THERE has been much talk recently about the ethical issue of whether it is right to sell human organs in exchange for financial remuneration. The key argument of those who are against organ trading is that a human being is not a commodity whose parts can be bought or sold.

But what about the majority of us who work as employees in organisations? Aren't we also dispensing an exhaustible commodity - our time? Isn't anyone who works for a wage also selling part of his life?

When you sign the contact and agree to work for an organisation, you actually agree to sell a period of your time to provide a service for a price.

During the agreed working hours, you no longer have the right to do the things you want to do, and are expected to perform the tasks given to you. In truth, you have sold part of your life to the organisation.

Although it is true that a man (or woman) has to make a living and needs to work and get paid, here is the real question: Is it possible to have a different attitude towards work? An attitude that doesn't make you feel as though you have been bought for a price? What can you do so you don't feel like you are selling your life away?

Let me give you another perspective. What if you do the things you love to do and would do for free, and still get paid for it? Would this not eliminate the need to "work for a living"?

Once you get into a career that you love, you will feel that you are living each day the way you have always wanted to - and are getting paid anyway.

The highest paid people in any industry usually love what they are doing - the actor who is paid $25 million to star in a movie loves being in front of the camera; a highly paid entertainer comes alive each time he is on stage; a successful lawyer thrives under pressure in the courtroom.

When you are in a job that enables you to play by your strengths, you are likely to shine in that position. The right job matters.

But what if you are already in a certain career and circumstances do not enable you to switch careers? All is not lost. You simply need to re-engineer your attitude. If you can raise your passion for the job you are in, you will start getting excited about it.

Making your job seem new again requires a few simple but important steps.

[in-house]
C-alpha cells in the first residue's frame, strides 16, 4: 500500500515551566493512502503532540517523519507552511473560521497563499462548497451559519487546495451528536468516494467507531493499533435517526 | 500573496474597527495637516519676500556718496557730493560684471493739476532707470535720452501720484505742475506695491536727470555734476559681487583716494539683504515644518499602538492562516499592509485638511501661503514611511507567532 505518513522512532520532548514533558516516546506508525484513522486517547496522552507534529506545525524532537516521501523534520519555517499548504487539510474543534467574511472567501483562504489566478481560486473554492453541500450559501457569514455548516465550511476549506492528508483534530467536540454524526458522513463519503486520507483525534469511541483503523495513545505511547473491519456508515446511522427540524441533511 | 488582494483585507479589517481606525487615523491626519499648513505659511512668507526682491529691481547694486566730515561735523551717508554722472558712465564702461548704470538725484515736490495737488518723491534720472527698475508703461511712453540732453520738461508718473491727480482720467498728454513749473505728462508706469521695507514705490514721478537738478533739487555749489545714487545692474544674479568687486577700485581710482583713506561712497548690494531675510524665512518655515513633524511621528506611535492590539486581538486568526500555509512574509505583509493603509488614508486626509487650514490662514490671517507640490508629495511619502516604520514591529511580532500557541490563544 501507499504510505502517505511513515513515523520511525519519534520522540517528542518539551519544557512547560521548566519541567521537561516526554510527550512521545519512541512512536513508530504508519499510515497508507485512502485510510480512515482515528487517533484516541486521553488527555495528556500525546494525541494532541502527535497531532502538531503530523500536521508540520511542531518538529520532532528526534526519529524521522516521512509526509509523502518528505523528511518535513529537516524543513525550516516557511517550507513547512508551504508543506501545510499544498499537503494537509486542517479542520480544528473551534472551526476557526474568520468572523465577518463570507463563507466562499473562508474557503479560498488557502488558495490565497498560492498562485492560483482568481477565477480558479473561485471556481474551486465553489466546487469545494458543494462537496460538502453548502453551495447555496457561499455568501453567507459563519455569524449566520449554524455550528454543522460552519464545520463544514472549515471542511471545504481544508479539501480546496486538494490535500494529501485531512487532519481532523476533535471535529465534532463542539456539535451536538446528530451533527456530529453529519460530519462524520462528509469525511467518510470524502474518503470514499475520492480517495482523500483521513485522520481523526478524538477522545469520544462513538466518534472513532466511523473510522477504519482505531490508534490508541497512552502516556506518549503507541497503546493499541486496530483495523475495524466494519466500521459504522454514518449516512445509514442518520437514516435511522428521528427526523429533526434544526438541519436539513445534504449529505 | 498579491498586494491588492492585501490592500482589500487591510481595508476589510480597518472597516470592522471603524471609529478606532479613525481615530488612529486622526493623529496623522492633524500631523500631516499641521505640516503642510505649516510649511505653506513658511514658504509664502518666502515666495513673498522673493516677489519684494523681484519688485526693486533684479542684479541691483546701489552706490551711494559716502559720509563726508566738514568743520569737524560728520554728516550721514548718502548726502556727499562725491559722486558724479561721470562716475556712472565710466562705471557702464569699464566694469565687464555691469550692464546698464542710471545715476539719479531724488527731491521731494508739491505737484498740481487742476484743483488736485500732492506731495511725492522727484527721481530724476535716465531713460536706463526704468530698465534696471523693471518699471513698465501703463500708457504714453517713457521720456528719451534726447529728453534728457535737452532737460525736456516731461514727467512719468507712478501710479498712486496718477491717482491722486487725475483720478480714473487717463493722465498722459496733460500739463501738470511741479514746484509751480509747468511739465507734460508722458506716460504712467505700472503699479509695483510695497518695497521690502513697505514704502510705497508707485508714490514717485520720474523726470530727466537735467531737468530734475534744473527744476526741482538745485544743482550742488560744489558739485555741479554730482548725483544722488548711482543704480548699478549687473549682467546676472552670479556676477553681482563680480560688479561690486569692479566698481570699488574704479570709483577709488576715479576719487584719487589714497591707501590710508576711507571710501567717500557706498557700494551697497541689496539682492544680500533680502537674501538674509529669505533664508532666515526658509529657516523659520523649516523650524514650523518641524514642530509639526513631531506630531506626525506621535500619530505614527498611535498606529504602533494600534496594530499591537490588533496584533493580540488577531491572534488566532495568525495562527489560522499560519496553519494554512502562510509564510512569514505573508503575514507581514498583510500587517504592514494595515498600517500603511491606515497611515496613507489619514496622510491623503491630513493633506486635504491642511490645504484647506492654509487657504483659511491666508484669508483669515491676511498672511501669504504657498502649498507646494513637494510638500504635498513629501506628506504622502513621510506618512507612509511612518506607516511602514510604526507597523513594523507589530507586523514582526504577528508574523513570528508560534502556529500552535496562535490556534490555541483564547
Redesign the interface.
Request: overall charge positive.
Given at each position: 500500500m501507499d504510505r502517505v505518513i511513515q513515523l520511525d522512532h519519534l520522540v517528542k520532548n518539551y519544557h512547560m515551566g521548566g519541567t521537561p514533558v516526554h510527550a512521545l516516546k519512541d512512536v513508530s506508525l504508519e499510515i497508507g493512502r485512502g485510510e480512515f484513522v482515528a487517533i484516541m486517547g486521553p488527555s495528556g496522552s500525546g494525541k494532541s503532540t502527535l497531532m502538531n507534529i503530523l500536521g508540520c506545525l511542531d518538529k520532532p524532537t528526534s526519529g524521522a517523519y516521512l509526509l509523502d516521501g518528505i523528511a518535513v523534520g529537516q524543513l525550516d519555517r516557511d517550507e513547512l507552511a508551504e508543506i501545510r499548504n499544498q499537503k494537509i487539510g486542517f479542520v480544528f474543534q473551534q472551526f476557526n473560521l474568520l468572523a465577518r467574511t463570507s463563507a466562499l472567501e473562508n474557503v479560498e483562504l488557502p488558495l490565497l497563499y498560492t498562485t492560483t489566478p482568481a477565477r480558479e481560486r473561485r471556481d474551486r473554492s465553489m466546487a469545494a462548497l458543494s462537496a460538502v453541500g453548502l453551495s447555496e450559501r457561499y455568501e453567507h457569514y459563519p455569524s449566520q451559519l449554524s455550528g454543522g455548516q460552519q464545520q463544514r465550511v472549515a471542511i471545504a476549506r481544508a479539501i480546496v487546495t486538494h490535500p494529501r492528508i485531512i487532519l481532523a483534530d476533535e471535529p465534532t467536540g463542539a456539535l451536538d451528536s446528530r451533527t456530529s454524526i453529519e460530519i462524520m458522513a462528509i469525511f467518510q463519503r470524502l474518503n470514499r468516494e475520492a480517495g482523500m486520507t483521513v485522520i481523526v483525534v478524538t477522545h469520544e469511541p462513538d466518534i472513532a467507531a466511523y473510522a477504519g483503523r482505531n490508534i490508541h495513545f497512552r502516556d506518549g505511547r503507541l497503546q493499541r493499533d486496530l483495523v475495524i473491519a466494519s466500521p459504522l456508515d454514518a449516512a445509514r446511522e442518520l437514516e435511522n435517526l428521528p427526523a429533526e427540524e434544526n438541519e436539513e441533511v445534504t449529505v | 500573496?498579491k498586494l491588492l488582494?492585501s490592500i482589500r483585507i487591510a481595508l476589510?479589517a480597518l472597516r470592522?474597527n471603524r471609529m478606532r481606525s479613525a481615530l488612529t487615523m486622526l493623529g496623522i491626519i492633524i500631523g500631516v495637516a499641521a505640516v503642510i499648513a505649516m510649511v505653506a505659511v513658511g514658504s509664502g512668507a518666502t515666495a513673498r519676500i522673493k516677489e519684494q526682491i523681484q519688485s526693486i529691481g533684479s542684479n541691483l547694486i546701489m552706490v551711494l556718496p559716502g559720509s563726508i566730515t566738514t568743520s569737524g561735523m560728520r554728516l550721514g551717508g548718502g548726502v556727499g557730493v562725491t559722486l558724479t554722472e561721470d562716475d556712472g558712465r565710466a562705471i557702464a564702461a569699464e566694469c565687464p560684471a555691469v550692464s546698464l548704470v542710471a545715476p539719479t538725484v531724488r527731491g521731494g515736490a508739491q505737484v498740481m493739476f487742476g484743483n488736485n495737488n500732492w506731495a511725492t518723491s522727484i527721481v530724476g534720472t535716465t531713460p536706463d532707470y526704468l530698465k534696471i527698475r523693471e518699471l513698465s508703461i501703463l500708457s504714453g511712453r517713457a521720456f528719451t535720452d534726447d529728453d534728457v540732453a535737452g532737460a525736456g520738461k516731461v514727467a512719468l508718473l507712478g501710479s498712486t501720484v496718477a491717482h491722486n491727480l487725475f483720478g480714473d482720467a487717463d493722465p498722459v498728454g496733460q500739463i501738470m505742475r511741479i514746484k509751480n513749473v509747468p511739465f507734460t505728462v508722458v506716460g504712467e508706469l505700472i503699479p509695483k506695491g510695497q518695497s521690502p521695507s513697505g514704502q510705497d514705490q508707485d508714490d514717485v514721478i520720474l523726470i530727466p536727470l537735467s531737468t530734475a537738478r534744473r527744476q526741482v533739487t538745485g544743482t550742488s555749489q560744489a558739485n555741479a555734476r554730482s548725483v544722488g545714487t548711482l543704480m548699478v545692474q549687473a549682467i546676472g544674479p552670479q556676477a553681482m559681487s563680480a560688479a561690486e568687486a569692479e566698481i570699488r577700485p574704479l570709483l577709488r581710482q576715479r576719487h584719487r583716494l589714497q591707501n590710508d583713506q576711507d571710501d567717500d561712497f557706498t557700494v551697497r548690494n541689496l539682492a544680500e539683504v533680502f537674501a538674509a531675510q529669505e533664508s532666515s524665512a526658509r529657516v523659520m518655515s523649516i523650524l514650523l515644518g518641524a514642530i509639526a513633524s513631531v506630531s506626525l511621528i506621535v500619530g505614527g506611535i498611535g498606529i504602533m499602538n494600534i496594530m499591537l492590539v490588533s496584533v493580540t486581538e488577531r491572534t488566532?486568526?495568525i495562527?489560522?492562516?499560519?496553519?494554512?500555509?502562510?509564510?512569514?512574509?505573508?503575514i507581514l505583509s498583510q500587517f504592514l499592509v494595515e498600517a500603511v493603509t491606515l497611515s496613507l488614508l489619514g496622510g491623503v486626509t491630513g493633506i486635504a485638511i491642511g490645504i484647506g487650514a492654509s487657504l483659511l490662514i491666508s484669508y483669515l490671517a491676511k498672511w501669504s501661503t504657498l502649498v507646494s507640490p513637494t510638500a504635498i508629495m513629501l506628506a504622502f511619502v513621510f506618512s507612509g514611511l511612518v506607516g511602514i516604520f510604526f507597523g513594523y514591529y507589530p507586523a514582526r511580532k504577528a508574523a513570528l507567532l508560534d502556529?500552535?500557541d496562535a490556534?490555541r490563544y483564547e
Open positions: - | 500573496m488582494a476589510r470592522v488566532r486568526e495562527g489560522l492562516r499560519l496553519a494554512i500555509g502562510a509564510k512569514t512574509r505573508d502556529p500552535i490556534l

Be motivated

Motivated simply means "finding a reason". If you can find a reason for your actions on any task you have to do, you will start getting excited about doing it.

The reasons could be anything from financial remuneration to having the ability to help someone, recognition, a sense of achievement or as the means to getting a job promotion.

As long as there is a reason, it will keep you motivated. This means you believe that doing a particular task could directly or indirectly lead you to your ultimate goal.

Build great relationships

Many people miss out on the chance to have great relationships with the good people around them. Most people are too task-oriented and end up hurting others trying to achieve their goals.

Building relationships makes the office environment a warm and wonderful place to be in.

Having a great working environment is like going into a social oasis each day.

In many cases, employees are not attracted to new job offers because they are happy with the social environment in their current workplace. They find it hard to leave their colleagues, who have become very good friends.

Seek new challenges

Although some people prefer a routine job and like to do things they are familiar with, you might just be the opposite and love new challenges.

If you find your work becoming routine, let your superior know that you would be more than happy to try out new tasks that give you added challenges in your work. Who knows, you and your boss might discover new talents hidden within you.

You know you are a motivated employee when you look forward to going to work each morning. Do yourself a favour by finding exciting reasons to be motivated at your workplace.

And remember, attitudes are contagious, so you may just make the whole environment a lot more motivated too.